Mr Loewen was the last — well, the only — Wildrose Party MLA for what was then called Grande Prairie-Smoky, which was a mixed urban-rural riding that encompassed the northern half of the City of Grande Prairie, & a swath of rural countryside from Sexsmith over to Valleyview, Little Smoky, & — if memory serves — Fox Creek. Mr Loewen beat out GP City firefighter Todd Russell, running for the NDP, and incumbent PC candidate Everett McDonald, former Reeve of the County of Grande Prairie No. 1, who actually came in 3rd. He ran for the Wildrose in 2 or 3 previous elections before the one he won.

      GP-Smoky had previously been, for those of us with long memories about Alberta politics, the seat once held by Walter Paszkowski & Mel Knight, each of whom held Cabinet posts in the Klein & Stelmach cabinets, respectively. You may even remember Marv Moore, who held the seat when it was called Smoky River, and who served in the Getty & Klein cabinets, including as Health Minister.

      Reply
  7. Scotty on Denman

    June 23rd, 2020

    Perhaps if the K-Boy had contested the CPC leadership, post-Harper, he might have won; and then he might have prevailed over the lacklustre JT in 2019. Yet I don’t think it was about personality, really —it wasn’t as if the brand merely needed a renewed personality to regain power: it only ever had it by default and Harper wasn’t merely a tired tomato, either: he was never loved in the first place. Nope, the whole brand—which wasn’t really conservative, anyway—has soured voters and, as soon’s a viable alternative presented (again), it was flushed. The leadership contenders ever since make it seem like it should have been flushed sooner.

    I’m convinced that if a real conservative party were to present itself to voters, it’d do very well at regaining erstwhile Tories who’ve left the CPC because of its growing extremism, at keeping those who struggle to remain in the CPC for the same reason, and at recruiting new supporters from younger cohorts of voters. But a new party had better hurry up before anybody who even remembers what real conservatism was like finally attrits to silence and novices have to read about it online.

    MacKay brags he’s got the creds for “bringing together” diverse strains of the right—which, as former Progressive Conservatives well recall, really meant treachery since most of them didn’t want to join with the Western Reformers who’d destroyed, a long with Westerners’ perennial Quebec enemy Bouchard, their venerable party, and didn’t want their new leader Peter MacKay —who’d signed an agreement with a runner-up David Orchard not to join the CPC in order to secure his delegates for the leadership win— to betray them a few months later to Stephen Harper’s new party. MacKay is just dense enough, a scion of an old Tory MP father like Bernier, to now brag about his treachery as if it were diplomacy, apparently under that old nostrum that people’s political memories are short. But he’ll have no trouble reminding CPC members and Canadian voters that he’s as sincere as the day is long: he’d assiduously availed the tried and true rule of patronage as reward for his sordid PC treaching, accepting guaranteed cabinet portfolios for which he was never competent. O’Toole is fifty times as smart as MacKay—but so’s the average house cat.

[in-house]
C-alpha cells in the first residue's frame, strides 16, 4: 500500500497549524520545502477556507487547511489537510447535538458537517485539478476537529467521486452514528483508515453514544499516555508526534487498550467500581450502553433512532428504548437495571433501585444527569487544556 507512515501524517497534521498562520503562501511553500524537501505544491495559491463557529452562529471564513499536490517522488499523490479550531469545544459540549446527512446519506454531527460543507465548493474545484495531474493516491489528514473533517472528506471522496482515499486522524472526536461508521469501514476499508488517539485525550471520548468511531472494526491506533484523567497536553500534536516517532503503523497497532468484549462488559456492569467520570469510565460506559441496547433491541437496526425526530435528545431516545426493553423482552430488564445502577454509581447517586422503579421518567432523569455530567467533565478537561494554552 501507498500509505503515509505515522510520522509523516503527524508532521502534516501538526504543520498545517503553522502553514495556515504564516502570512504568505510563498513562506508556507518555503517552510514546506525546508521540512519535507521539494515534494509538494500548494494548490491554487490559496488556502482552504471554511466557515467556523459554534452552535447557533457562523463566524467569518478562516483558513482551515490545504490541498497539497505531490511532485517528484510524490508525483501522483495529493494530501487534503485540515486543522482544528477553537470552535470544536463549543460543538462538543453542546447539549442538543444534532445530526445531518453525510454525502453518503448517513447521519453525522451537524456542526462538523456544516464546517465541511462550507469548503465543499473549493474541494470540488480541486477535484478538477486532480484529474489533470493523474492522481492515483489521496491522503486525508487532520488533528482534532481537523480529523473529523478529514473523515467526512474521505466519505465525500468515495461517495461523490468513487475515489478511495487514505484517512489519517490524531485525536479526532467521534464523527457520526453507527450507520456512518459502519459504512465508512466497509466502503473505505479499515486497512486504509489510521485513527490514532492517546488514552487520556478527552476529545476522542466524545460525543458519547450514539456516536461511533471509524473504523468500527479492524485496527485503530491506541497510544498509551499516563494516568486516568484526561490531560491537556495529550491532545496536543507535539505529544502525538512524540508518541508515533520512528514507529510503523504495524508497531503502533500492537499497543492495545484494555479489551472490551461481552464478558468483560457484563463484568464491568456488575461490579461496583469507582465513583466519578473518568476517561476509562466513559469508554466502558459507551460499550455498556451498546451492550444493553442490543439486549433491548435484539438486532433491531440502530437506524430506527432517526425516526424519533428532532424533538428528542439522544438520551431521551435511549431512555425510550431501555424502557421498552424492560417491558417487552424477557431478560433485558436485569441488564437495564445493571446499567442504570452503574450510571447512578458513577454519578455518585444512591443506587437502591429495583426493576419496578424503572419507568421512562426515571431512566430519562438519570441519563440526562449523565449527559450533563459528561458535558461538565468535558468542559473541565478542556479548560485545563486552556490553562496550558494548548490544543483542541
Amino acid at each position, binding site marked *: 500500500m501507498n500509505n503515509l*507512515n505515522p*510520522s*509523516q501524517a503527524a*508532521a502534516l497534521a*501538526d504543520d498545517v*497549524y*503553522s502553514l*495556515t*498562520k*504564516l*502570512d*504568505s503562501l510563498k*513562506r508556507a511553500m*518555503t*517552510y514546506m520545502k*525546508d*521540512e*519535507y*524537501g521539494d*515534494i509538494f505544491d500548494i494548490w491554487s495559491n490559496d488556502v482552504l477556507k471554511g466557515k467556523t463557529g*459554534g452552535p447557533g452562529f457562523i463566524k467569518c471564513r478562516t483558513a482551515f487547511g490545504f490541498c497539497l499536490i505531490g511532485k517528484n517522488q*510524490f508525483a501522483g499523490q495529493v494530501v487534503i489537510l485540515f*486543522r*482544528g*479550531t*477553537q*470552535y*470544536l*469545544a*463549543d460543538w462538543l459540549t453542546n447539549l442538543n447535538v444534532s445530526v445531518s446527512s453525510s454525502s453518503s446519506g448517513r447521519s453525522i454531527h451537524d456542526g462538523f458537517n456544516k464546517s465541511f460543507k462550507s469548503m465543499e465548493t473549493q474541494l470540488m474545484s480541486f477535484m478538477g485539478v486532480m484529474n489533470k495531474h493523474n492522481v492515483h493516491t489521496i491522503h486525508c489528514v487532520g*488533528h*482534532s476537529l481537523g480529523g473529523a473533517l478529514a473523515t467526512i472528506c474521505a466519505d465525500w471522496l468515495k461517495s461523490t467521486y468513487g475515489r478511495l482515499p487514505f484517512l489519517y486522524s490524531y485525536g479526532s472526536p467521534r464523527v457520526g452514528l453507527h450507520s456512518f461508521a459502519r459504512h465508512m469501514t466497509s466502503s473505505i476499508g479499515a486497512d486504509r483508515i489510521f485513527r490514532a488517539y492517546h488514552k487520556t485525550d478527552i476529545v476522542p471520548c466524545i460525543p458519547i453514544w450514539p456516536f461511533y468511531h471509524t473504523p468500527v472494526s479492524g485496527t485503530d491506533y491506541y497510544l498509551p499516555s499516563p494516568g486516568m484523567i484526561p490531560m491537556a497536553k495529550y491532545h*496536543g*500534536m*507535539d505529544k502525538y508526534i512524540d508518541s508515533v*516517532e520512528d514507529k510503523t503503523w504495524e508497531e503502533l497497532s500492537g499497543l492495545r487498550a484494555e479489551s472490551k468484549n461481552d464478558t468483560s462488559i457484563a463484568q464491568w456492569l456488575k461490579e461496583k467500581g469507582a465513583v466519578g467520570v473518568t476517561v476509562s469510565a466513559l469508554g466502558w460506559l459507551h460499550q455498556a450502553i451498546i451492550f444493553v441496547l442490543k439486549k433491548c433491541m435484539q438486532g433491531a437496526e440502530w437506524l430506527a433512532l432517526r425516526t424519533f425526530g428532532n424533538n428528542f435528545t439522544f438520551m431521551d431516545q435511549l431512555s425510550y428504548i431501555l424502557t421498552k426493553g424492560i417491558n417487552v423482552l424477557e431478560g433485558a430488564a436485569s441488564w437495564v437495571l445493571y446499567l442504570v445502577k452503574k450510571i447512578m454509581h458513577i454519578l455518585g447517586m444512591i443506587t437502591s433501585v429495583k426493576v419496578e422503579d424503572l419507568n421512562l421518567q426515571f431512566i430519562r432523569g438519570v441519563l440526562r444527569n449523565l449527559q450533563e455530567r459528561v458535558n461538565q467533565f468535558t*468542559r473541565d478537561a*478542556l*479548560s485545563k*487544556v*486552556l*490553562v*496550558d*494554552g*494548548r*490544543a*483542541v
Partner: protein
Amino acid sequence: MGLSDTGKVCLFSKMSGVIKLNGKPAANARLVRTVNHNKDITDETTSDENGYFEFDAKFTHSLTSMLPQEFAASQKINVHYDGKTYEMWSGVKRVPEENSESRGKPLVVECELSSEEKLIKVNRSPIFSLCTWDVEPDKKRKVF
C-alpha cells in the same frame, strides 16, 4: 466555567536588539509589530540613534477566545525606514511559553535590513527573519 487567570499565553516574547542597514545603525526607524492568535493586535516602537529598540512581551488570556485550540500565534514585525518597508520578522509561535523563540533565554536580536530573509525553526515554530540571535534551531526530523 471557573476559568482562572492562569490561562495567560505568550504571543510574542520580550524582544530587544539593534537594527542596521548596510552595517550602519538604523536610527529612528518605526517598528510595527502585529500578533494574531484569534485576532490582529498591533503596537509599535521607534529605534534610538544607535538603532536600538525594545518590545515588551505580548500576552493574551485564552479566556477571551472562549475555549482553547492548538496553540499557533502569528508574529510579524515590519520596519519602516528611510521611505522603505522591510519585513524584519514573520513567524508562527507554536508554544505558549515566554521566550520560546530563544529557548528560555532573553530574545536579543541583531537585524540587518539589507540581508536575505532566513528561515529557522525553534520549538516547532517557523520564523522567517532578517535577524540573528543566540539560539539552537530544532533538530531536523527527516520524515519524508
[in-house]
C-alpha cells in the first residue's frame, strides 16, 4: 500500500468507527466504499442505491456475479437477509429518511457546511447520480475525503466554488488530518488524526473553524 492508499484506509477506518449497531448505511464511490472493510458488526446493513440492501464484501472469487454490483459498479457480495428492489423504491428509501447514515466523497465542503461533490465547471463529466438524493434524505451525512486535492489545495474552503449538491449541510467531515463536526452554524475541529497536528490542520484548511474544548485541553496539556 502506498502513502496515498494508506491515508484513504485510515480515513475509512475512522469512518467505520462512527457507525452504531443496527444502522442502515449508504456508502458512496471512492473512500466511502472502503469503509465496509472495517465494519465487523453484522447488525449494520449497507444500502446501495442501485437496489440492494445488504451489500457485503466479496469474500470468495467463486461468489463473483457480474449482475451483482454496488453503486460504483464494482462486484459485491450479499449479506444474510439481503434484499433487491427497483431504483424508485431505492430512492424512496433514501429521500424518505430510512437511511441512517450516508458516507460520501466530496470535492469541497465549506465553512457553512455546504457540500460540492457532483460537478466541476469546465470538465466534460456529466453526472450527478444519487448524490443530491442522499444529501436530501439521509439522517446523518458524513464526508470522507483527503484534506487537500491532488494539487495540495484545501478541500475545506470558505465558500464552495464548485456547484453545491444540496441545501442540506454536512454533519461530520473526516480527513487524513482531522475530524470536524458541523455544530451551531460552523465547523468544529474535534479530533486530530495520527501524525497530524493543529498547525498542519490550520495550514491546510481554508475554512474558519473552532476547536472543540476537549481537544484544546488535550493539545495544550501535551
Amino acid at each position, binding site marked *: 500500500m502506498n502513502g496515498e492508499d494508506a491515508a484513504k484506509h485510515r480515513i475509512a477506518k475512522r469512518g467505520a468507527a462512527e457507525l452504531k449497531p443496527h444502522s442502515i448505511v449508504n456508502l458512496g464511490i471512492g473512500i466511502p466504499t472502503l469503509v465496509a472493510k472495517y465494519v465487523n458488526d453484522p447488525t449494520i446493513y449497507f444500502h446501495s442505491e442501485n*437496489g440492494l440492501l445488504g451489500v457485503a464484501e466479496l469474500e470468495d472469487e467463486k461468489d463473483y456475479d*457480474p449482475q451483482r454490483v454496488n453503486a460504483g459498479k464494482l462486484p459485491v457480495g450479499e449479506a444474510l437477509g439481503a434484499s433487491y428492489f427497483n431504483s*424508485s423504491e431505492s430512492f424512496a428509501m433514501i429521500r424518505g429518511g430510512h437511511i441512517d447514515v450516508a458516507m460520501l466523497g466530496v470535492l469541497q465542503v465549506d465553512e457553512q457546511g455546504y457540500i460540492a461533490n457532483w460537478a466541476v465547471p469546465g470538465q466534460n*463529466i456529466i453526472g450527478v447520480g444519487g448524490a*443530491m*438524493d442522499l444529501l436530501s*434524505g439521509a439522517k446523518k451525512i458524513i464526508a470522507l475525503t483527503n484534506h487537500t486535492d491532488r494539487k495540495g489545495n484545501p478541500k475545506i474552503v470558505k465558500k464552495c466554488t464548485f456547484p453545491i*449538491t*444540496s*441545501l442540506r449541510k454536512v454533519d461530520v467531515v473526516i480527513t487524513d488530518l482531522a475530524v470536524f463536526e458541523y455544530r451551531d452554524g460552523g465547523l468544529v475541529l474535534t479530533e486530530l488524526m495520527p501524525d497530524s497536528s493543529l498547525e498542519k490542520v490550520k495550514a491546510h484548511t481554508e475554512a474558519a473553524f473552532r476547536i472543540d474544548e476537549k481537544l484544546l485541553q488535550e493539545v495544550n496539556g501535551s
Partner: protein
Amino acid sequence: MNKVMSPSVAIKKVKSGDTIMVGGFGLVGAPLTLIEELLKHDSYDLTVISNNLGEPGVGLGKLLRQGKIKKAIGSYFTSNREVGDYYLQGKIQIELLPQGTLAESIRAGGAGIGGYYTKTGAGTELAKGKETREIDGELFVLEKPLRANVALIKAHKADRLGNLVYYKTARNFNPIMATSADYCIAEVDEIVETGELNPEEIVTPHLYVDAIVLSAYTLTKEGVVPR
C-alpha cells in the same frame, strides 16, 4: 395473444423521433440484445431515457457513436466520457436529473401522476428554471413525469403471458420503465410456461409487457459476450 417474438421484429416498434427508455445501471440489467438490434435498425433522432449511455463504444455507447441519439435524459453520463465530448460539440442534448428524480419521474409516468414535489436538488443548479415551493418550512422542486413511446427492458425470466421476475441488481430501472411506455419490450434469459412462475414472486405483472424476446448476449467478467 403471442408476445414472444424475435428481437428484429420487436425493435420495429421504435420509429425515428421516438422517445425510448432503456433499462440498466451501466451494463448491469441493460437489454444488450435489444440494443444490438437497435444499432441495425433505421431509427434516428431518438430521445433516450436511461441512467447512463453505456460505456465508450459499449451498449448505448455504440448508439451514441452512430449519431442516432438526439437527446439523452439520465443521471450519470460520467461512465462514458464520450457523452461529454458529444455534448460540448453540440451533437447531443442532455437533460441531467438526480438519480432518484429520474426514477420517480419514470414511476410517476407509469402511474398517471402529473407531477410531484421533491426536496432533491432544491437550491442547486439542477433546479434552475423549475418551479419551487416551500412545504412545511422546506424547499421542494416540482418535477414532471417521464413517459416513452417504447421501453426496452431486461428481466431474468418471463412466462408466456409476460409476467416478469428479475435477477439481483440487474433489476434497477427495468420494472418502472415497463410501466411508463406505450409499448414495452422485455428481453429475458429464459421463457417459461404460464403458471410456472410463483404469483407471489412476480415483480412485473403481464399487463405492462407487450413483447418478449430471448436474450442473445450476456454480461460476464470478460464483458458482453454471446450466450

Kenney could have whipped the lot of them just like Prentice might have. I think Ockham would have settled on the simplest reason why the K-Boy didn’t contest the first leadership convention, post-Harper: for the Canadian neo-right, Athabascan Bitumen had formed the nucleus for membership in the globalized clique of stateless corporatists, and Kenney had to first re-secure the political control Prentice had lost as premier of Alberta, ergo the K-Boy was forced to return to Calgary and put Humpty back together again, first by capturing the defeated Alberta PC party which had the desired effect of chasing suspect Redford Progressives out, and second by inviting in the extreme right factions which had been forming and floating around the right like fizzy peanuts in a bowl of beer.

    However, as noted, tanking bitumen prices and COVID19 put ointment in Kenney’s fly. Could the prospect of another coffin maker driving nails home in Ottawa have come at a worse time for the K-Boy? Well, he is dogged and knows too well how to whistle through the guts and feathers of macerated right-wing parties like the Bulroney PCs, the Manning Reformers, the Day Alliance, and the Albertan PCs and Wildrosers. Maybe a foundering, factionalized and fractious federal CPC is actually the tenderizing Kenney needs to make his triumphant return to the nation’s capitol.

    Surely he can’t risk facing Albertans again in 2023.

    Reply
  8. brett

    June 24th, 2020

    Wait a minute….

    Are you saying that the discussion has switched from bathrooms to dirty tricks?

    Finally. Was the great bathroom debate not gaining them any more votes from the socons in the party? Whats next?

    Who can pretend to be the most socially conservative Conservative leadership candidate -the one who can turn off the most urban votes and ensure that the next election is a cake walk for the Liberals? Must be a hidden strategy.

    Reply
  9. David Bridger

    June 24th, 2020

    The cpc candidates are not only lackluster, they are seemingly intent on staying in opposition by promoting exactly what the majority of Canadians don’t want – more neoliberalism which favors wealth only.

    As for Mulcair losing his NDP leadership, it was because he revealed himself to be a neoliberal at heart. The fool snatched defeat from possible victory (the NDP were leading in the pre-election polls and all he needed was to keep his mouth shut in regard to balanced budgets) A disastrous campaign tactic if there ever was one. Arguably if he had stayed progressive like most party supporters and soft Liberals. But no out comes his gun and he shoots himself and dippers in the foot and elsewhere.

    So both opposition parties seem intent on keeping Trudeau and the Liberals in power for many years. If the CPC got on side with voters in canada they might have a chance at governing again.

    Reply